Safety Tools

Pedestrian Safety Solutions: How do they work?

The goal of the WalkFirst Investment Strategy is to reduce serious or fatal pedestrian injuries by 25 percent by 2016 and by 50 percent by 2021. To meet these goals, the City will be investing $17 million over the next five years. In this section, you will find descriptions and examples for 15 different engineering, education, and enforcement countermeasures that are used to improve pedestrian safety and which are most appropriate for use with the unique conditions and streets of San Francisco.

When you click on each pedestrian safety countermeasure, you will find a description of what the measure does, how it works on a street, its known benefits and the potential tradeoffs that may result if the measure is implemented. In addition, each countermeasure is rated by three factors – cost, implementation timeframe and effectiveness to help provide a better understanding of the costs and benefits for each measure.

  • Corner Bulbs and Chokers
  • Pedestrian Refuge Islands
  • Speed Tables & Raised Crosswalks
  • Traffic Circles, Roundabouts & Chicanes
  • Speed Humps
  • Flashing Beacons (RRFB's & HAWKs)
  • Pedestrian Countdown Signals
  • Turn Prohibitions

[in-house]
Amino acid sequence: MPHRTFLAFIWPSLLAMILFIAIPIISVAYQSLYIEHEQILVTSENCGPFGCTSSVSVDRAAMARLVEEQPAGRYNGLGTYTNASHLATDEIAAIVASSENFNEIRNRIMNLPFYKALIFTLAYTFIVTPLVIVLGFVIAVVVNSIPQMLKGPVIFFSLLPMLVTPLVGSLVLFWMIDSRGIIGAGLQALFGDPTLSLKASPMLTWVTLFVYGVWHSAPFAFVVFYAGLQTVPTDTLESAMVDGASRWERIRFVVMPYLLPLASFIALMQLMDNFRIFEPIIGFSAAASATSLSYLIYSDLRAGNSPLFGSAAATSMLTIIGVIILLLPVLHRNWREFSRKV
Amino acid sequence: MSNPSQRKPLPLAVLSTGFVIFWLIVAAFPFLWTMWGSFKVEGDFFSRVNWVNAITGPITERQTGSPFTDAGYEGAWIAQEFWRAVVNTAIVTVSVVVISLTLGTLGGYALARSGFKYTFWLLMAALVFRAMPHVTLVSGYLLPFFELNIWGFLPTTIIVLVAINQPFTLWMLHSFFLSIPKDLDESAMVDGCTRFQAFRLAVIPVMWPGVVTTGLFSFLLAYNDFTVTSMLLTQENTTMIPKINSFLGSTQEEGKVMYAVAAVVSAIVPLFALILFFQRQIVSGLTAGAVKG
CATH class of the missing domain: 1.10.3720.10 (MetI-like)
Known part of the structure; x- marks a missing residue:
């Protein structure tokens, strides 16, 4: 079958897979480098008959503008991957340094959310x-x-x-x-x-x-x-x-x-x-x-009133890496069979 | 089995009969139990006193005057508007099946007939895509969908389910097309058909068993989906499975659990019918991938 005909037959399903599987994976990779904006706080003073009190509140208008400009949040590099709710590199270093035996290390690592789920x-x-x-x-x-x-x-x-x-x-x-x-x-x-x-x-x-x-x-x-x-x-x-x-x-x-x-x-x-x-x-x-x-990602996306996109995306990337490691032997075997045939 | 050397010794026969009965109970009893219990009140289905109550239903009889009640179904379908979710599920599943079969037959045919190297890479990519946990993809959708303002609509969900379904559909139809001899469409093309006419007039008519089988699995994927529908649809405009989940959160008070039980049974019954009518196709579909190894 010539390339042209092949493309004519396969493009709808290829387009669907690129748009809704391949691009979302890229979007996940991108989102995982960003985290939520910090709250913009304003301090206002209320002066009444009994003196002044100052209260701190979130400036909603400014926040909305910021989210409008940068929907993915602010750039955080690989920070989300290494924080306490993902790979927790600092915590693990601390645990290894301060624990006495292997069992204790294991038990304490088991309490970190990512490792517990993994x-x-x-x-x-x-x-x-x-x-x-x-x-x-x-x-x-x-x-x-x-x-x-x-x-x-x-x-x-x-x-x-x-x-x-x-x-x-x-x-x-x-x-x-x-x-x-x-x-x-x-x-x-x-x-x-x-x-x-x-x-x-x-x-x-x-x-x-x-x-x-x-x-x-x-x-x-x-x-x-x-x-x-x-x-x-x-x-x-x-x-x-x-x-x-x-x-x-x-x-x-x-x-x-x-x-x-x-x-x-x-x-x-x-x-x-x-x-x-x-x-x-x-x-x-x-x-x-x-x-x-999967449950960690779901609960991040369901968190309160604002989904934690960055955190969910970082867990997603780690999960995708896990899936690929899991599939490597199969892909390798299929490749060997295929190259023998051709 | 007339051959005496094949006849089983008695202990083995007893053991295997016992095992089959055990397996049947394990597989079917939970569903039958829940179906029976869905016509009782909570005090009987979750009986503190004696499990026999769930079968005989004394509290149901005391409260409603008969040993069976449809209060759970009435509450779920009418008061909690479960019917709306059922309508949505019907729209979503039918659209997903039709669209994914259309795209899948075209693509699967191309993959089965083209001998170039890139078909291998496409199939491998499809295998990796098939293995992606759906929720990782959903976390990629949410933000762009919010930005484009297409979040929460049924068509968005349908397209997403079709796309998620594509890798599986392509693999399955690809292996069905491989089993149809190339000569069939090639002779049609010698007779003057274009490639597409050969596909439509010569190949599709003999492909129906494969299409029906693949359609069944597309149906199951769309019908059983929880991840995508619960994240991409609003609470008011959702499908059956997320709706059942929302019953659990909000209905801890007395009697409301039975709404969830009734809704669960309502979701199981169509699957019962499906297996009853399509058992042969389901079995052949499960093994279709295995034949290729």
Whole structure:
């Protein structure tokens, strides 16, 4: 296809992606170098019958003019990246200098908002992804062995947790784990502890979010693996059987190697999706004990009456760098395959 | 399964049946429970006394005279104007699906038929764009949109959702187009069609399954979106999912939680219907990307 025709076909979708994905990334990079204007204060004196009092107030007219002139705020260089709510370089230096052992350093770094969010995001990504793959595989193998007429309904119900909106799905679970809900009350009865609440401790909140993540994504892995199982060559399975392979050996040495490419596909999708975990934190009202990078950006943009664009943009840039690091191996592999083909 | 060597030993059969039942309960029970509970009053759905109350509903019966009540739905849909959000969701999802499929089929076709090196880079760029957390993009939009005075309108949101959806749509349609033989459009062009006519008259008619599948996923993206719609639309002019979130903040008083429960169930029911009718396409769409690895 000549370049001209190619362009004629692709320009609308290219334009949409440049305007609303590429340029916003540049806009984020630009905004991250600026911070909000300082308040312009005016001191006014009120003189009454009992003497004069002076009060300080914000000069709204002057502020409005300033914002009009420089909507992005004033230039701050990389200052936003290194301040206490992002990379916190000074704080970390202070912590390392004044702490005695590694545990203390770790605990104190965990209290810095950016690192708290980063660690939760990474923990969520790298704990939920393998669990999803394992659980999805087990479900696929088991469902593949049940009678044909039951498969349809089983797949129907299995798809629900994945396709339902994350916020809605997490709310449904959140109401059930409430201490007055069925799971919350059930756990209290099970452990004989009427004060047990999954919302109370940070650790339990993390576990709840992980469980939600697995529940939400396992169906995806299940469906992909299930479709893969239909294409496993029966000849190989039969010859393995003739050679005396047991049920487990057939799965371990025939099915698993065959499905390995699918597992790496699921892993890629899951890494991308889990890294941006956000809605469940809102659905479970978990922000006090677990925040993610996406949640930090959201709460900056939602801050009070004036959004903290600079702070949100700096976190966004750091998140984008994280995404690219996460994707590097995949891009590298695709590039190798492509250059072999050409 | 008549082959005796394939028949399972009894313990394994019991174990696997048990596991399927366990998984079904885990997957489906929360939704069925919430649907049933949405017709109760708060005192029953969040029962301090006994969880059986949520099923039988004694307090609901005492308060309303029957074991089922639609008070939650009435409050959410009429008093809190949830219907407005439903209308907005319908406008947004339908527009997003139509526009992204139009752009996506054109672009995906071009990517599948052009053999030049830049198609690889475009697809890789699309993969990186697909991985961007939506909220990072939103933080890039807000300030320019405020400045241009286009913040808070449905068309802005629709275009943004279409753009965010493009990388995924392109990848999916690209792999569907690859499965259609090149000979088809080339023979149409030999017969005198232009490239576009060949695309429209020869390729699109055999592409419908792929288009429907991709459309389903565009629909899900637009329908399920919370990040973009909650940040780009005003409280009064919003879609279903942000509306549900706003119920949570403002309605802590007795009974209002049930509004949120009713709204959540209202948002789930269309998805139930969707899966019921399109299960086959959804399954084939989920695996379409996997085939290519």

• Protected Left Turns
  • Leading Pedestrian Intervals
  • Radar Speed Display Sign / Portable Speed Trailer
  • Automated Speed Enforcement
  • Advance Stop or Yield Lines / Red Visibility Curbs
  • Road Diets
  • Roadway Safety Lighting
Advance Stop or Yield Lines / Red Visibility Curbs
Stop lines (or limit lines) are solid white lines extending across all approach lanes to indicate where vehicles must stop in compliance with a stop sign or signal. Yield lines are optional rows of white triangles (i.e. "shark's teeth) placed across approach lanes to indicate the point at which vehicles must yield at locations without a signal or stop sign. Yield lines are accompanied by "Yield to Pedestrian" signs. Red visibility curb zones restrict parking adjacent to corners. Parking is often restricted before the advanced stop or yield line and the crosswalk.
  • Reduces encroachment on crosswalk. Reduces potential for multi-lane threat, where vehicle stopped for pedestrian blocks the view of pedestrians for drivers in other lanes.
  • Increases visibility of pedestrians and crossings.
  • Red zones on approaches to crosswalks improve sight distance between pedestrians and approaching motorists.
  • Driver unfamiliarity of yield lines.
  • Removal of parking for red zones.